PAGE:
9. Take your supplements daily! Studies show reduced calorie diets without
supplementation (vitamins and minerals) lower metabolism but with supplementation
the metabolism is unchanged.

                                             14
                                                          Examples
                           Differenced Between a Balanced or Unbalanced Diet and Exercise Program

12/8/04: Male Patient, Before

Weight (pounds) Body Fat (%) Fat (grams)          Muscle (grams)     Bone Density (grams)
170             20.6         14,590               56,302             3,416


6/10/05: Very strict low glycemic diet (not enough veggies*), high in omega-3 fats and protein

Date       Weight (lbs.)    Body Fat    Fat (g)    Fat Weight       Muscle (g)      Muscle Weight      Bone Density (g)
                            (%)                    (lbs.)                           (lbs.)
12/8/04  170                20.6        14,590     35.0             56,302          135.0              3,416
6/10/05  156                15.6        12,175     24.4             54,849          131.6              3,256
6 Months 14 lbs. LOST       5% Fat      2,415g Fat 10.6 lbs. Fat    1,453g Muscle   3.4 Muscle         160g Bone
Later                       LOST        LOST       LOST             LOST            LOST               LOST*


7/8/05: With low-glycemic nutrition plan and exercise
   • Running 3-5 times / week, 20-30 min.
   • Weight lifting every other day, 3 sets of 10 reps (25#), one exercise for each upper body part.

Date       Weight (lbs.)    Body Fat    Fat (g)    Fat Weight       Muscle (g)      Muscle Weight      Bone Density (g)
                            (%)                    (lbs.)                           (lbs.)
6/10/05    156              15.6        12,175     24.4             54,849          131.6              3,256
7/8/05     150              12.0        7,614      17.9             56,083          132.1              3,259
1 Month    6 lbs. LOST      3.6% Fat    4,561g Fat 6.5 lbs. Fat     1,234g Muscle   0.5 lbs. Muscle    3g Bone
Later                       LOST        LOST       LOST             GAINED          GAINED             GAINED


                                                               15
                           Difference Between a Balance or Unbalanced Diet and Exercise Program

1/26/05: Female Patient, Before

Weight (pounds) Body Fat (%) Fat (grams)          Muscle (grams)    Bone Density (grams)
200             45.5         40,066               48,000            2,839


9/29/05: With Weight Watchers® (high carbohydrate diet*) and exercise
   • Aerobics 2-5 times / week, 45 min.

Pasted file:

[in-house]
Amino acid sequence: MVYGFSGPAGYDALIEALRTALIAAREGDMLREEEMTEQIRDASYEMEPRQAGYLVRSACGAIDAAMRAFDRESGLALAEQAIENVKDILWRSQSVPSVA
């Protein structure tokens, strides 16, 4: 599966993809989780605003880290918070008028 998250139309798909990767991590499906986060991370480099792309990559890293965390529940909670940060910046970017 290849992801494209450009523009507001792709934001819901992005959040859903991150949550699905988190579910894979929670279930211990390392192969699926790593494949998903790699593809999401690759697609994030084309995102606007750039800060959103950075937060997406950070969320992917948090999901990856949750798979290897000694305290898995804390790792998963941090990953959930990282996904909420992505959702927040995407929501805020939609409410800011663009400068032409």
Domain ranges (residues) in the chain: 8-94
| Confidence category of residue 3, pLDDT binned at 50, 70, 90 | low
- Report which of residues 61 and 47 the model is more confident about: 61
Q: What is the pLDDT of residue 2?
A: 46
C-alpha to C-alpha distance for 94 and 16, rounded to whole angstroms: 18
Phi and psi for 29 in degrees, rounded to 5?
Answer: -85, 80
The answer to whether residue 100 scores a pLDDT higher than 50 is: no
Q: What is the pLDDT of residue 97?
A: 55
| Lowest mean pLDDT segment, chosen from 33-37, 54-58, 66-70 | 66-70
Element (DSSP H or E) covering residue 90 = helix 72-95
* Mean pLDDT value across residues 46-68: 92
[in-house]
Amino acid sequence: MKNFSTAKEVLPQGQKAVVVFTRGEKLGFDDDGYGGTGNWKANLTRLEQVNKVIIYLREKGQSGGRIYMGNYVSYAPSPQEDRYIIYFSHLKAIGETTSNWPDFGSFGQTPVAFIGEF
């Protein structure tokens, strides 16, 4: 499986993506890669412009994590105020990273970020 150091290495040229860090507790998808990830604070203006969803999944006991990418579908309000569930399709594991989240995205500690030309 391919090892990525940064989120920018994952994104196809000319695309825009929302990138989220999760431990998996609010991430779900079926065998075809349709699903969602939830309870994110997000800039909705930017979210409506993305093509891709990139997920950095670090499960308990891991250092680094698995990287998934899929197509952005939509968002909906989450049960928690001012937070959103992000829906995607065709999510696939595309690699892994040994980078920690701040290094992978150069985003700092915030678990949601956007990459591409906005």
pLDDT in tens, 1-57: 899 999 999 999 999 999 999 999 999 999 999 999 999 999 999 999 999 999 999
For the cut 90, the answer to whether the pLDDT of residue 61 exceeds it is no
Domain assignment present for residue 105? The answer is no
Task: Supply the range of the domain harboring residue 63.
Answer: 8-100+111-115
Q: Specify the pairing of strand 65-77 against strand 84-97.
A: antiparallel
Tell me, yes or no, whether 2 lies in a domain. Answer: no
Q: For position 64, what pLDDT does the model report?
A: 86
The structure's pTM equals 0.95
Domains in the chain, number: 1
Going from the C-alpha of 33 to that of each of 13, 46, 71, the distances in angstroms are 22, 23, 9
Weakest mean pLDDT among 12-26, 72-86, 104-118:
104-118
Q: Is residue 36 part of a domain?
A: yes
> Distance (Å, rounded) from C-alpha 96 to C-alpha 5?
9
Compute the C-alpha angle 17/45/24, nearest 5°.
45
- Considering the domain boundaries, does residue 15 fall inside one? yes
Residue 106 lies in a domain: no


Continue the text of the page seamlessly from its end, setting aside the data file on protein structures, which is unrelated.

• Only light weight training (10 min. / session, 5 lb. weights)

Date            Weight       Body Fat   Fat (g)    Fat Weight       Muscle (g)        Muscle Weight      Bone Density (g)
                (lbs.)       (%)                   (lbs.)                             (lbs.)
1/26/05         200          45.5       40,066     91.0             48,000            109.0              2,839
9/29/06         185          46.7       37,072     86.4             42,277            98.6               2,942
1 year, 9       15 lbs.      1.2% Fat   2,994g Fat 4.6 lbs. Fat     5,723g Muscle     10.4 lbs. Muscle   103g Bone
Months Later    LOST         LOST       LOST       LOST             LOST              LOST*              GAINED


11/2/05: Low-glycemic nutrition plan: adequate protein & good fats + exercise
   • Aerobics 306 times / week 20 min.
   • Moderate weight lifting 3-4 times / week, 2 sets of 12-15 reps, to muscle FATIGUE*

Date       Weight (lbs.)   Body Fat     Fat (g)    Fat Weight      Muscle (g)       Muscle Weight     Bone Density (g)
                           (%)                     (lbs.)                           (lbs.)
9/29/06    185             46.7         37,072     86.4            42,277           98.6              2,942
11/2/06    182             44.7         34.676     81.3            42.948           100.7             2.984
1 Month    3 lbs. LOST     2% Fat       2,396g Fat 5.1 lbs. Fat    671g Muscle      2.1 lbs. Muscle   42g Bone
Later                      LOST         LOST       LOST            GAINED           GAINED*           GAINED

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Resources:

The G-Index Diet: Control Your Glucose Level and Lose Weight Now
by Richard Podell

Syndrome X: The Complete Nutritional Program to Prevent and Reverse Insulin Resistance
by Jack Challem

Enter the Zone by Dr. Barry Sears

The Zone: A Dietary Road Map by Barry Sears and Bill Lawren

The Paleo Diet: Lose Weight and Get Healthy by Eating the Food You Were Designed to Eat
by Loren Cordain

Orthomolecular Diet: The Paleolithic Paradigm
by Richard L. Heinrich, M.D.

Mastering the Zone: The Next Step in Achieving SuperHealth and Permanent Fat Loss
by Dr. Barry Sears

Please visit the website of our recommended supplier of Zone-friendly meals to make adhering to
your program deliciously easy: www.zonechefs.com



Supplement Ideas:

ALAMax CR:            Two tablets 30 minutes before breakfast and One tablet thirty
                      minutes before dinner
(Controls blood glucose, improves insulin sensitivity and efficiency, reducing hyperinsulinemia)

Green Tea 600:        Two capsules twice daily (breakfast and lunch)
(Powerful antioxidant, induces lipolysis to burn fat)

FitFood Shake:        One shake for breakfast every day
                      Option: Use one shake as a snack once daily
(Low-glycemic complete meal replacement, high nutritional value, cut calories without hunger)

OmegaPure 600: One capsule three times daily before meals
(Reduce appetite, control cravings, improve mood, improve insulin sensitivity)